Gabbeh is a poetic Iranian film about a woman in a nomadic tribe who tries to escape from her people so she can be with the man that she loves.
The film, directed by Mohsen Makhmalbaf, begins with an elderly couple arriving at an oasis to clean their gabbeh; a handmade rug, which often has a story woven into it. Suddenly, a young woman - whose story is woven into the rug - appears and her story comes to life.
The young woman - named Gabbeh (Shaghayegh Jodat) - works hard for her family and her people as they travel and survive through the various seasons and Iranian countryside. But she is young, attractive and of marrying age. Because of this she is pursued by a lone man on horseback who is in love with her. Each time he arrives the sound of a howling wolf can be heard in the distance and his solitary figure can be seen along the horizon. And each time the woman hears it she longs run away with him but cannot until her father feels that all her obligations to her people have been met.
The film's story is good but hardly unique. Cinematically, however, it is stunning as it strives to embody the oft repeated mantra: "Life is color! Love is color!" Makhmalbaf presents new rhapsodic possibilities in a narrative form which push past convention and becomes lyrical in ways we rarely see for an entire length of a film.
The film is mostly poetic in form and content. Makhmalbaf - who also edited the film - juxtaposes images of nature including animals, trees and people along with fabulous color and sound to tell his story. He too uses visual motifs - as a poet does - to give the film it's various narrative levels. Even when the film's acting is a bit awkward or the narrative a bit predictable the look of the film is terrific.
There is a subplot about the woman's uncle: a 57 year old teacher who comes home in hopes of getting married. When one of the older women accepts his hand in marriage it is a signal to Gabbeh that if she waits to be married she may end up with an old man. But her longing is continually frustrated and that becomes one of the film's themes.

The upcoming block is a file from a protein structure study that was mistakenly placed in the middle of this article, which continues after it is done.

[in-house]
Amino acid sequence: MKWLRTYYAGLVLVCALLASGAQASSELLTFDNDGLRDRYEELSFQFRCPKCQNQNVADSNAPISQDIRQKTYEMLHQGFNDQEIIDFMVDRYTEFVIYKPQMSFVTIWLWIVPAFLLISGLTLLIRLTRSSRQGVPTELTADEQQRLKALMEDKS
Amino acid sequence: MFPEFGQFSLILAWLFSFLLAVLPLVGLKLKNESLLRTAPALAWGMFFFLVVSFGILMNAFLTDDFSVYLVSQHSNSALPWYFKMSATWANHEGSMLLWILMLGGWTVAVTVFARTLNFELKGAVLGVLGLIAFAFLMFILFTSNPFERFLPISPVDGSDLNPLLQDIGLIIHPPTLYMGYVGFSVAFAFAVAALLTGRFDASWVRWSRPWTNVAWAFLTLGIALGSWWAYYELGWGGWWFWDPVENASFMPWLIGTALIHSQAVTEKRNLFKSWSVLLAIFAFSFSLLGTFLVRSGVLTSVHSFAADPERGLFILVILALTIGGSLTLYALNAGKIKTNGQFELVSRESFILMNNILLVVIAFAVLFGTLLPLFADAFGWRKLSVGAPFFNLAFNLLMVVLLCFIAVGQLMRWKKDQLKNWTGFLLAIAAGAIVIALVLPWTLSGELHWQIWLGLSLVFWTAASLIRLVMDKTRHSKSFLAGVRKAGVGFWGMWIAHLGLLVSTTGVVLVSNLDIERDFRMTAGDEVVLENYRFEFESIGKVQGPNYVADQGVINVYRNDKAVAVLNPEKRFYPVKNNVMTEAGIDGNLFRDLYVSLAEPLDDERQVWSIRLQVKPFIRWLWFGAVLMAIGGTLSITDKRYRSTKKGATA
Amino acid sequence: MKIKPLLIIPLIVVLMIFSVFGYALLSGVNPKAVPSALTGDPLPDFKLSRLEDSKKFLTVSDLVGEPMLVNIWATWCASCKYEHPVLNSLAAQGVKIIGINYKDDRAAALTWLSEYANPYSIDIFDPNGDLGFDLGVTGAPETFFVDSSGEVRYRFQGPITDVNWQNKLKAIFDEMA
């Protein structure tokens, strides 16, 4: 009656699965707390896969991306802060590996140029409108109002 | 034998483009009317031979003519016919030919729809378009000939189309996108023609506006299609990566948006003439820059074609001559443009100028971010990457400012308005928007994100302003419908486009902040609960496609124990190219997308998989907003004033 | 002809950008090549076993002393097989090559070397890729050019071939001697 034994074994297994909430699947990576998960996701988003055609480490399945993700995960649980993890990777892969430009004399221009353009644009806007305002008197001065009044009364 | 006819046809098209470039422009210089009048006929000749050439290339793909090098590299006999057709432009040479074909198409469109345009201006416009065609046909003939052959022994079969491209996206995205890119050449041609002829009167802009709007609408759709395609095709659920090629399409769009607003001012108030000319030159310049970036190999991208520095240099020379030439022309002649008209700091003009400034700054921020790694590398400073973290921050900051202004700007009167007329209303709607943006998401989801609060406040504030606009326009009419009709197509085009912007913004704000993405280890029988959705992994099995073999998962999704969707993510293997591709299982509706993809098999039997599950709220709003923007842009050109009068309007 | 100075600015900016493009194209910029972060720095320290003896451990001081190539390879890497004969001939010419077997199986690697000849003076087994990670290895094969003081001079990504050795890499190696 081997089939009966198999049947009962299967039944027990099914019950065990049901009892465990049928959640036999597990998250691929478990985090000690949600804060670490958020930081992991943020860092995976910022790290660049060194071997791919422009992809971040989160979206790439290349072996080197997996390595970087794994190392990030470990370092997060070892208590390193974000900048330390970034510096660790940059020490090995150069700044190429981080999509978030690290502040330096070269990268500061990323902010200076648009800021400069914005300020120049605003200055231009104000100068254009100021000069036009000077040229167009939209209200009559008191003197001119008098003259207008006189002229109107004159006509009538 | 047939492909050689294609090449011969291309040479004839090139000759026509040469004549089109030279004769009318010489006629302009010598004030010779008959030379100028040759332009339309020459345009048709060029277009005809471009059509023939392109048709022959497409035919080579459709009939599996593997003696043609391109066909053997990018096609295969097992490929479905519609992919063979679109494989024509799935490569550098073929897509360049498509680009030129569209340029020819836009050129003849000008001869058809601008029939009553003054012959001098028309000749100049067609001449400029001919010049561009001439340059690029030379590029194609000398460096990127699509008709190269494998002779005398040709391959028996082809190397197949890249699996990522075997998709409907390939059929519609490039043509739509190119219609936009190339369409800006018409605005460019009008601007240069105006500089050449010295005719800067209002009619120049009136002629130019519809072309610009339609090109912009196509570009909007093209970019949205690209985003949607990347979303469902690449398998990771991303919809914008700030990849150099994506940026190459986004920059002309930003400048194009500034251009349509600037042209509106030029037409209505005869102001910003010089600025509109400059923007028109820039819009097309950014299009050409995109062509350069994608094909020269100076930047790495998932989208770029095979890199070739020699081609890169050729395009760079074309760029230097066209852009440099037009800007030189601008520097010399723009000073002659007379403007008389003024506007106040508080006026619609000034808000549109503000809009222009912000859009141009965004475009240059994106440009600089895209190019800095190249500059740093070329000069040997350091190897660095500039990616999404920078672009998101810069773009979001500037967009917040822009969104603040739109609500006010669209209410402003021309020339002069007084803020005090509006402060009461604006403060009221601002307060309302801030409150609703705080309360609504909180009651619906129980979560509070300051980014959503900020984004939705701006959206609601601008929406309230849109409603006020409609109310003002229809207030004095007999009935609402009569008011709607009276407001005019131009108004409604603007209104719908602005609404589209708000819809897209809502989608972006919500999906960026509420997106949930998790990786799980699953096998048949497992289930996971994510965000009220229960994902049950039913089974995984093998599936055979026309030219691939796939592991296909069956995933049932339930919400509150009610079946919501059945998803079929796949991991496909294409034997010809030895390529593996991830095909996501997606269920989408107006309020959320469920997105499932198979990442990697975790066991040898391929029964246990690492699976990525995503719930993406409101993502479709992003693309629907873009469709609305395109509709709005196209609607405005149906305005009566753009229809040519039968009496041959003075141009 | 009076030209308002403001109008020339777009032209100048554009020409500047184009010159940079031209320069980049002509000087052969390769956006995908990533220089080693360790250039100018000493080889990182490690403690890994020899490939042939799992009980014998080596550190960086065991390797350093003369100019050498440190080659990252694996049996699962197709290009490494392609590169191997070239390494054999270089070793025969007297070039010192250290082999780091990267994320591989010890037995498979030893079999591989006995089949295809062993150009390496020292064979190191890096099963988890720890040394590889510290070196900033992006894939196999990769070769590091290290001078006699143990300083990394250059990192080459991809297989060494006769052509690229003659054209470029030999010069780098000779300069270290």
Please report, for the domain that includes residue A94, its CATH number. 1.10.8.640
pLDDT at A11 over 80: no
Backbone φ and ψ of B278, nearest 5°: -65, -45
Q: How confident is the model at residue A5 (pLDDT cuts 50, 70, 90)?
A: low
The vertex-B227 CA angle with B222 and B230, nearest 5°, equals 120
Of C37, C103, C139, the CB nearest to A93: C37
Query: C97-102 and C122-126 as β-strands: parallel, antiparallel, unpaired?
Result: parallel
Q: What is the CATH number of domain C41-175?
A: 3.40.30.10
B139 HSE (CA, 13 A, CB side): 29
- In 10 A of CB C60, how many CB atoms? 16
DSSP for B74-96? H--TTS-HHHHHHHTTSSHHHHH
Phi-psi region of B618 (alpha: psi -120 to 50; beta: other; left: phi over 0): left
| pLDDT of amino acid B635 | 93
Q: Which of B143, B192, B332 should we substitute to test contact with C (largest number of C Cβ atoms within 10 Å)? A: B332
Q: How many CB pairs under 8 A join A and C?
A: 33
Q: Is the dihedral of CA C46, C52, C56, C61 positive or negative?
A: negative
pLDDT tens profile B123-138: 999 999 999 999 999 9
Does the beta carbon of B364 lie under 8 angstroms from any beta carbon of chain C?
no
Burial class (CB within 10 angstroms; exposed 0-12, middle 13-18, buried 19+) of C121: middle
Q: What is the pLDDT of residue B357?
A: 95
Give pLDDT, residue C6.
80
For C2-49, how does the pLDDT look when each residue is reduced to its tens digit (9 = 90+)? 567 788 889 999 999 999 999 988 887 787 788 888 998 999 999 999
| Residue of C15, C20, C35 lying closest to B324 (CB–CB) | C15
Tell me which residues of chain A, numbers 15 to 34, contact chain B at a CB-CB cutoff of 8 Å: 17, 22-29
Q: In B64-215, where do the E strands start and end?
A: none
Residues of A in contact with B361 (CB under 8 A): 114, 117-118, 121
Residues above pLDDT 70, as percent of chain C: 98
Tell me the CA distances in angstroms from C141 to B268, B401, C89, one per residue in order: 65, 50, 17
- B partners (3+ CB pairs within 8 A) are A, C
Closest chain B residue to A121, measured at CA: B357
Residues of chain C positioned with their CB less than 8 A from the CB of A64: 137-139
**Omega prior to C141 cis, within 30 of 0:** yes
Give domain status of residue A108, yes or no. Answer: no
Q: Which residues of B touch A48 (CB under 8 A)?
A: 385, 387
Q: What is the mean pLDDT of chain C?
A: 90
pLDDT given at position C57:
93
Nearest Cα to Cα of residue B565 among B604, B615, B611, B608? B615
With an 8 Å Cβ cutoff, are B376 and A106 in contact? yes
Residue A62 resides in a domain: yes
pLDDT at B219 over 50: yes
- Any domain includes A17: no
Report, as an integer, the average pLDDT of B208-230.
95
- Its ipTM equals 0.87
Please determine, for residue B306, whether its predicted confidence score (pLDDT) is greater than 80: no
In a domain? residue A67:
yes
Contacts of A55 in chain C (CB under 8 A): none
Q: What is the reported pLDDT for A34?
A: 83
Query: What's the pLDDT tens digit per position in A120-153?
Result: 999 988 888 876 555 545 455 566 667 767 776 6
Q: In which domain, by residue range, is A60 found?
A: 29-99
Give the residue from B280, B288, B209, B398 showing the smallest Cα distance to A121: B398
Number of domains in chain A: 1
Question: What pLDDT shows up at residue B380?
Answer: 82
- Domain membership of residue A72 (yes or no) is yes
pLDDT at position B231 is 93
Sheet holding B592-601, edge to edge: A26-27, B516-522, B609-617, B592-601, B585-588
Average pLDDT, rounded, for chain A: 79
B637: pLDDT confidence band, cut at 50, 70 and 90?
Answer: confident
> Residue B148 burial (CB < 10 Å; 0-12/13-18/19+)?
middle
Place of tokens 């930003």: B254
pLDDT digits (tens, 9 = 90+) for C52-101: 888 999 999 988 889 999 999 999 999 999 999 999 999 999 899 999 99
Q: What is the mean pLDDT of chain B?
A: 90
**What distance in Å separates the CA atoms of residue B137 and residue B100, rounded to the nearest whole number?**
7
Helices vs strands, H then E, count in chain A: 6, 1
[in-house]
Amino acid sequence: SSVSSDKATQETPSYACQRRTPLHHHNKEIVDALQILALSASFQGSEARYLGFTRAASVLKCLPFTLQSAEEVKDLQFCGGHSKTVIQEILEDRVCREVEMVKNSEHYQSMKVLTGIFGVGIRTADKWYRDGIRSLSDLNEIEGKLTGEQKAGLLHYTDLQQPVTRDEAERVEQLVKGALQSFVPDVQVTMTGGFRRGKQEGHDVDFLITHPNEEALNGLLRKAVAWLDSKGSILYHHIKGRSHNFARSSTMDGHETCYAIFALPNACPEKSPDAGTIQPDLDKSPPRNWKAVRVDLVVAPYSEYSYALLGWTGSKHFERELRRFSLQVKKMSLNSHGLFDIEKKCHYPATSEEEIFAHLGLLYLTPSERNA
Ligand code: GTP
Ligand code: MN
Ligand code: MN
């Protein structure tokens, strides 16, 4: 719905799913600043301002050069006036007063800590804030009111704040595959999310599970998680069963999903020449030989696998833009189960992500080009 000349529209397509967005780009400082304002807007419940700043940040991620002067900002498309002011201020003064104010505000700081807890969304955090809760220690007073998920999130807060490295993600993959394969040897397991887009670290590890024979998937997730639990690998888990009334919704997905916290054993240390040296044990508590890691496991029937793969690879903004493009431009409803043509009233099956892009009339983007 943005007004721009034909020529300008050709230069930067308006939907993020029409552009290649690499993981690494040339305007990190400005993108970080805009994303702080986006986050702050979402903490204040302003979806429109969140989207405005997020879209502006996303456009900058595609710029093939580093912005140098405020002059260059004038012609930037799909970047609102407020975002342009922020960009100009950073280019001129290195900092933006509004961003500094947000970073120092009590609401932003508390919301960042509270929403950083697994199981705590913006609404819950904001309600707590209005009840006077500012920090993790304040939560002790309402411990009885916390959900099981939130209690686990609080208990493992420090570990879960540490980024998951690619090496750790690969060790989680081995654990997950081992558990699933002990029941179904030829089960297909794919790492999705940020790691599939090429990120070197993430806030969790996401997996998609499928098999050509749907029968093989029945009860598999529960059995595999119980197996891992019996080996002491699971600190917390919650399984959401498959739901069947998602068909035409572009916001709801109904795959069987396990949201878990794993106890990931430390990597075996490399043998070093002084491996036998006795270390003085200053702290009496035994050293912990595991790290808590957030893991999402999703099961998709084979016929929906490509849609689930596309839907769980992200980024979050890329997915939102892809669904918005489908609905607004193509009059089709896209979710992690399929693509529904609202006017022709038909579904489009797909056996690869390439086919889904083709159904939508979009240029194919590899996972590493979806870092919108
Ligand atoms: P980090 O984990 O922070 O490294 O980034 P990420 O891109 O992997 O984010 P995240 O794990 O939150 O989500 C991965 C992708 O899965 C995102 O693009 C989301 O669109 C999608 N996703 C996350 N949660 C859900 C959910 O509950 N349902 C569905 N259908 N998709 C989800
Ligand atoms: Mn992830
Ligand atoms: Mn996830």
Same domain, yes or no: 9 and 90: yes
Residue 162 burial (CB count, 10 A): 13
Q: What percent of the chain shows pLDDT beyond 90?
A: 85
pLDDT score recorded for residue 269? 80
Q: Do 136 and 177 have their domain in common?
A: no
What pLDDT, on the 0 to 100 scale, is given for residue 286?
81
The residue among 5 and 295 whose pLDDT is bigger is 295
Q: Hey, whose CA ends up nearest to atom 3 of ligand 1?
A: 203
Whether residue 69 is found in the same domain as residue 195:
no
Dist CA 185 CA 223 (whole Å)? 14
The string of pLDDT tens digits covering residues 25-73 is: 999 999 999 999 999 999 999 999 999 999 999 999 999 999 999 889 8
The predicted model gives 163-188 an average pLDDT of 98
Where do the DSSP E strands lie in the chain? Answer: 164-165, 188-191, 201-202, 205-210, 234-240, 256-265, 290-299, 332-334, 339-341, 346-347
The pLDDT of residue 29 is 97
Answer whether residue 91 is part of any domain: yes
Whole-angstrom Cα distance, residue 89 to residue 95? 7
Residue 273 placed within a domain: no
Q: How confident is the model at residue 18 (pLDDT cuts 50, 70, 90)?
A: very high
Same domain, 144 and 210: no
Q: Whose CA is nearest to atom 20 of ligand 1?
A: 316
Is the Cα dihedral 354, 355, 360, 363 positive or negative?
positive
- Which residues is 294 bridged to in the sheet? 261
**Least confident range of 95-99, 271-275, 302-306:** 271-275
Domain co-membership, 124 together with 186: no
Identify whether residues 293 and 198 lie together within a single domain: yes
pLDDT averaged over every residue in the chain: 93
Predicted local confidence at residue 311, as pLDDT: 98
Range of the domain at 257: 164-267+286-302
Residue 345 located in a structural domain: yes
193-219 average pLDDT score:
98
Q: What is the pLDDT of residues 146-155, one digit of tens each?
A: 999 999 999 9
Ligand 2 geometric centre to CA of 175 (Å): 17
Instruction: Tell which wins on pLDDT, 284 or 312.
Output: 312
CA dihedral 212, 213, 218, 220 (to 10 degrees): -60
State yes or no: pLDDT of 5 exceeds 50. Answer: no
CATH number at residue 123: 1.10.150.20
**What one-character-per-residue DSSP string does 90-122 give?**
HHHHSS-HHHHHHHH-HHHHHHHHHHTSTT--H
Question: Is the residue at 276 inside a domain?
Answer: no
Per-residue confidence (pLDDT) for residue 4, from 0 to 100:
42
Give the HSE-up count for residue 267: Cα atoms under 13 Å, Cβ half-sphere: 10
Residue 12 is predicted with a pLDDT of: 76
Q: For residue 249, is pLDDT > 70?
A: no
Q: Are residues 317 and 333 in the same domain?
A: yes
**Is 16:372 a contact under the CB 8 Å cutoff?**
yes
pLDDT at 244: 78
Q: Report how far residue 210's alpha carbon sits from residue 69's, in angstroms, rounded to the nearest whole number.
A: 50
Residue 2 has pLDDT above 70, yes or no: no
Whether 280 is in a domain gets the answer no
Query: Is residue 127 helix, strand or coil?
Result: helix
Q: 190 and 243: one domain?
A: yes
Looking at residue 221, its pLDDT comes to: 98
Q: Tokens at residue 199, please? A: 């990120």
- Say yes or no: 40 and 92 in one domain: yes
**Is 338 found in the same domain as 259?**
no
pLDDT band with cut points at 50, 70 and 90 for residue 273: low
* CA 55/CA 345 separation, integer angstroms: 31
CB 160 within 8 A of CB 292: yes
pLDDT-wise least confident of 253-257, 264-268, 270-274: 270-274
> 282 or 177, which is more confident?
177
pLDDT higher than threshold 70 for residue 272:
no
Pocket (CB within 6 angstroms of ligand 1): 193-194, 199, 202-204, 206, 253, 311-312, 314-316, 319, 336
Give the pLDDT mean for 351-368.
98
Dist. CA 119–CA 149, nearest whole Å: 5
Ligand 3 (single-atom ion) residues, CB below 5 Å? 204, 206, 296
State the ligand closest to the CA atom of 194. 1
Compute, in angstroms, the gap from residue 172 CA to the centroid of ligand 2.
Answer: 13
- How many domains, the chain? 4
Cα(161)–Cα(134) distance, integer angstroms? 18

This film began as a documentary about the Gashgai nomadic tribe of southeastern and central Iran but was turned into a fiction film when Makhnalbaf decided that a story about a narrative woven into carpets was too good to pass up.
I've seen Gabbeh four times since it came out in 1996 and it is always good mainly because it remains fresh because it opens up narrative possibilities by combining local customs wtih a universal story and a poetic form. But too it gives the audience insight into a part of Iranian culture without being merely an ethnographic film.
The DVD is presented in letterbox widescreen with an aspect ratio of 1.85:1. The image is mostly sharp and the bold color of the film comes across very well on screen. The DVD is compatible with 16 X 9 but is not progressive scanned.
Audio is in Farsi Dolby Digital 2.0 with removable English subtitles. The sound is a major componant of the film; especially the natural sounds of the landscape as well as the sounds of carpet weaving. The sound is very acceptable. One note on the accents of the actors: An Iranian friend tells me that the lead actress has a city accent while everyone else has a country accent. This may bother some viewers who speak Farsi. For the rest of us it's not noticeable. Plus, the actress doesn't have many lines.
There is an excellent commentary track by Godfrey Cheshire who really knows Iranian cinema well. He has indepth insights into this film, which expand to other films in Iran, other art forms as well as Iranian culture in general. It is a bit scholarly and sometimes he simpy reiterates a point or tells us what we are obviously seeing but it is always to make a point about the film. Overall he talks from start to finish and is engaging without wasting time on trivial items, dumb jokes or speculation. For my money it is exactly what I like in a commentary track and I wish there were more like it. Other extras include a theatrical trailer and a short essay by Cheshire. There are also four other New Yorker Video trailers: Moment of Innocence, Silence, La Ciudad and Late Marriage.
Gabbeh is a beautul Iranian film that combines poetic form with ethnographic intrigue and a universal story of longing and love. The DVD quality is very good and has an excellent commentary track. Highly recommended.